Using Chinese Romanization Systems to Determine Jurisdiction


Translations of Chinese into English use one of several standard romanization systems. The same term in Mandarin could look different when written in Latin script depending on the system used. Different jurisdictions endorse different official standard romanization systems. 

The two most common systems for writing Mandarin Chinese in Latin script are Pinyin and Wade-Giles. Pinyin was developed and is used by the People’s Republic of China, whereas Taiwan (Republic of China) historically has used Wade-Giles.

By identifying the romanization system used, it is possible for researchers to determine the jurisdiction an individual or company name is most likely affiliated with.

This article provides researchers with:

  • Context on Pinyin (associated with People’s Republic of China)
  • Context on Wade-Giles (associated with Taiwan, Republic of China)
  • Advice on how to quickly differentiate between the two
  • Examples of names written in both systems

Where Pinyin is used

Pinyin was created and implemented in the mid-20th century by the government of the People’s Republic of China to facilitate literacy among China’s population, and gained widespread use from the 1950’s onward.

The Republic of China, also known as Taiwan, made Pinyin the official government standard romanization system in 2009, though individual citizens are allowed to choose to have their names officially transliterated using alternative systems. 

If an individual or company’s name is romanized using Pinyin, they were most likely either born or created in mainland China after 1950, or in Taiwan after 2009. 

Where Wade-Giles is used

Wade-Giles was developed in the 19th century by two British translators of Mandarine Chinese, Thomas Francis Wade and Herbert Giles.

Wade-Giles was used to romanize terms in mainland China prior to the 1950s, and was the official romanization system used in Taiwan (Republic of China) until 2009. Many companies and individuals in Taiwan continue to use Wade-Giles when romanizing their names.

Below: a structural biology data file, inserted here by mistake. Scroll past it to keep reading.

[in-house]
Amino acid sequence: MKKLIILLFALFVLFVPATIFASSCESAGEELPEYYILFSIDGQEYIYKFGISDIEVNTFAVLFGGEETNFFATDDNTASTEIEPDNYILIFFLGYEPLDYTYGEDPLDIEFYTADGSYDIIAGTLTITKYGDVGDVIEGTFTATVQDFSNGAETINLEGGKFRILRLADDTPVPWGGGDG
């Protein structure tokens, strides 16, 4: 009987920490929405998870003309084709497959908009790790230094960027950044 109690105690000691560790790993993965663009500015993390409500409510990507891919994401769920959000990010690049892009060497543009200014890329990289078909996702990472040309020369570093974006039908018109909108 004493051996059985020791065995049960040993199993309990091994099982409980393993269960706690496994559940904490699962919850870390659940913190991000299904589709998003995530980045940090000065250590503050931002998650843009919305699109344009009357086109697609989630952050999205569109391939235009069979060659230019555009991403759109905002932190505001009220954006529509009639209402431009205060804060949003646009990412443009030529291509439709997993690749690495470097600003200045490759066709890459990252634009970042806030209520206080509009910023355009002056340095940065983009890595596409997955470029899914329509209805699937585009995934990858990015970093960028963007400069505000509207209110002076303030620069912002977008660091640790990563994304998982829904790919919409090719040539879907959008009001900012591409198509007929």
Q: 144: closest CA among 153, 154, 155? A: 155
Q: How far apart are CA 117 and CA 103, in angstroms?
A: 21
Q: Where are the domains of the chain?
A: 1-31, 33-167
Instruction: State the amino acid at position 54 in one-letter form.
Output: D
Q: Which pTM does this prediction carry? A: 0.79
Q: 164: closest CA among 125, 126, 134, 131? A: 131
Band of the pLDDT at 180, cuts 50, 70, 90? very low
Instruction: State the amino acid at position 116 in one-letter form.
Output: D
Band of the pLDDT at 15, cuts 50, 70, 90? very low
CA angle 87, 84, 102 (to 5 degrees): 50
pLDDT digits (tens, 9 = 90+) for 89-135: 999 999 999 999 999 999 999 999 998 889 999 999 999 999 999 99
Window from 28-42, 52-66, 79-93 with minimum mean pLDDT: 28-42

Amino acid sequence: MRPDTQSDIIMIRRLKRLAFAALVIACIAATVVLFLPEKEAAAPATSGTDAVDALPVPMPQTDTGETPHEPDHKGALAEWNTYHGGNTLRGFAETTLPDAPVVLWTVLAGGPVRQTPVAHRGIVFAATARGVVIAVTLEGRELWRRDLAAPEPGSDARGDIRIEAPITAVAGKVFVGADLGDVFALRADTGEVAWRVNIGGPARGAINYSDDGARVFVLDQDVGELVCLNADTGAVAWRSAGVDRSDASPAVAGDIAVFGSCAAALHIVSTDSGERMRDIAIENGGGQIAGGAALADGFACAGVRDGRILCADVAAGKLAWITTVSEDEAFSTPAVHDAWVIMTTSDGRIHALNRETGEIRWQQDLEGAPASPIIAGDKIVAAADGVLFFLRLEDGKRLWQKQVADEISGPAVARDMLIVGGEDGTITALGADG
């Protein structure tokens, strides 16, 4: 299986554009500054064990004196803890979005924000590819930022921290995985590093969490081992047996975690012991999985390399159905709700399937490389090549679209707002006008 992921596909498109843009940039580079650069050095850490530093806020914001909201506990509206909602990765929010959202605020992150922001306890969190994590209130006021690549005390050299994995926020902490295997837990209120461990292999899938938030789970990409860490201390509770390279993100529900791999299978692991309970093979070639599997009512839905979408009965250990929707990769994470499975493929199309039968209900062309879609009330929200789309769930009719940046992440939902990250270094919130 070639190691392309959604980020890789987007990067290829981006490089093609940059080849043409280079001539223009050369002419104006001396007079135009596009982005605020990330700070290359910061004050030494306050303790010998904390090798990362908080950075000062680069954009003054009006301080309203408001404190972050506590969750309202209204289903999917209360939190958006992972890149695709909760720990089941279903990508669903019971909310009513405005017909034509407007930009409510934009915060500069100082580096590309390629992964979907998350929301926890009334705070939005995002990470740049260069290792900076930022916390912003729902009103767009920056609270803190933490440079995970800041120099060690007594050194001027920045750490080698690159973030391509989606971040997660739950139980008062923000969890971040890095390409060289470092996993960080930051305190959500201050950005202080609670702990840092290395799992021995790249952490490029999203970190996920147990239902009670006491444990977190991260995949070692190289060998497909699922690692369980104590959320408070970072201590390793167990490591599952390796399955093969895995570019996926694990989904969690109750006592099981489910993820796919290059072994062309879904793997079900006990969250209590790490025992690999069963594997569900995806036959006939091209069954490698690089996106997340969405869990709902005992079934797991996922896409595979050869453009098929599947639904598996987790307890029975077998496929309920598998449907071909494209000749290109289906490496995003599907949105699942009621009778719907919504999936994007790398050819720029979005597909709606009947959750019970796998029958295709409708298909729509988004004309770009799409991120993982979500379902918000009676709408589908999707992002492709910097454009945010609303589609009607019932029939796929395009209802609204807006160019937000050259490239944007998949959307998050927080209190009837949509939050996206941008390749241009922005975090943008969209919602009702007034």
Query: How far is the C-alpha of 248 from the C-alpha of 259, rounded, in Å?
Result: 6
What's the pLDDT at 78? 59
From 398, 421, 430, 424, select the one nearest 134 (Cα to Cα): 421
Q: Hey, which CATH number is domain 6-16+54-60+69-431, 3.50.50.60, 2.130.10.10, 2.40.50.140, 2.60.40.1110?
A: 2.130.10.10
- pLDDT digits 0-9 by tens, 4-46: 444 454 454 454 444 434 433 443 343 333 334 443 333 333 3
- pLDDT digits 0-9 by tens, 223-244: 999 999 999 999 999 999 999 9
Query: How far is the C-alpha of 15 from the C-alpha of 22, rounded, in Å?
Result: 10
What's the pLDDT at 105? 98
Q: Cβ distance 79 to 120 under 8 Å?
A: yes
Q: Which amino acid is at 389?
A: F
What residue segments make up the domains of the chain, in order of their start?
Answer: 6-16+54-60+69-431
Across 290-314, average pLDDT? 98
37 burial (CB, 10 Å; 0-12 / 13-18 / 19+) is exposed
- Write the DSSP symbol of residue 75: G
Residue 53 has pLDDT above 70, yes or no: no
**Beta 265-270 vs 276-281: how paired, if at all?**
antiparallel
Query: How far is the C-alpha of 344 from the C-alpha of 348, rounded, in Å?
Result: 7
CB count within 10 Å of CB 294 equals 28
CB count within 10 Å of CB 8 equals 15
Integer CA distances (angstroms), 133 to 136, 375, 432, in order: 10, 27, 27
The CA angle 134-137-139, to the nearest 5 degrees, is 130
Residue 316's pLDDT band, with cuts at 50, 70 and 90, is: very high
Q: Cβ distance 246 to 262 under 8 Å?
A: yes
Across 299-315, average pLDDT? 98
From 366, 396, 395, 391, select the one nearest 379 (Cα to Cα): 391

If an individual or company’s name is romanized using Wade-Giles, they were most likely either born or created in mainland China prior to 1950, or in Taiwan before 2009. Most exceptions to this rule are Taiwanese individuals or companies that continue to use Wade-Giles after 2009.

Differentiating between Romanization systems

When looking at names of individuals, the fastest way to determine which romanization system is being used is to look for hyphens.

Wade-Giles uses hyphens to separate syllables within the same term or given name. Pinyin does not use hyphens. 

Since most given names in Mandarin Chinese are two syllables long, they will be separated by a hyphen when using Wade-Giles, but not when using Pinyin.

Examples of name variation based on romanization system:

Examples of name variation based on romanization system:

In occasions when names are single syllables long, or hyphens would otherwise not be used, it is still possible to differentiate romanization systems based on the letters used.

There are a number of online resources to assist with both Pinyin and Wade-Giles romanization. These resources can be used to find an exact match of all terms romanized using either of these systems.

For faster identification, both systems contain some unique letter combinations that do not appear in the other. Spotting these differences can allow researchers to quickly identify the system the term belongs to – and by extension the jurisdiction or time period most associated with them.

Unique to Pinyin:

  • zh (sounds like “j” in “John”)

Example: Zhang Ziyi

  • q (sounds like “ch” in “cheese”)

Example: Li Keqiang

  • r (sounds like “r” in “run”)

Example: Renminbi (RMB)

  • x (sounds like “sh” in “should”)

Example: Xi Jinping

Unique to Wade-Giles:

  • hs (sounds like “sh” in “should”)

Example: Hsiao Ching-t’êng

  • sz (sounds like “s” in “Sid”)

Example: Szechuan

  • ts (sounds like “s” in “kids”)

Example: Tsai Ing-wen

  • ê (sounds like “e” in “end”)

Example: Chêng Hsiao-liu

  • ’ (apostrophe appearing mid syllable)

Example: Ch’eng Mao-yün

Thanks for Reading!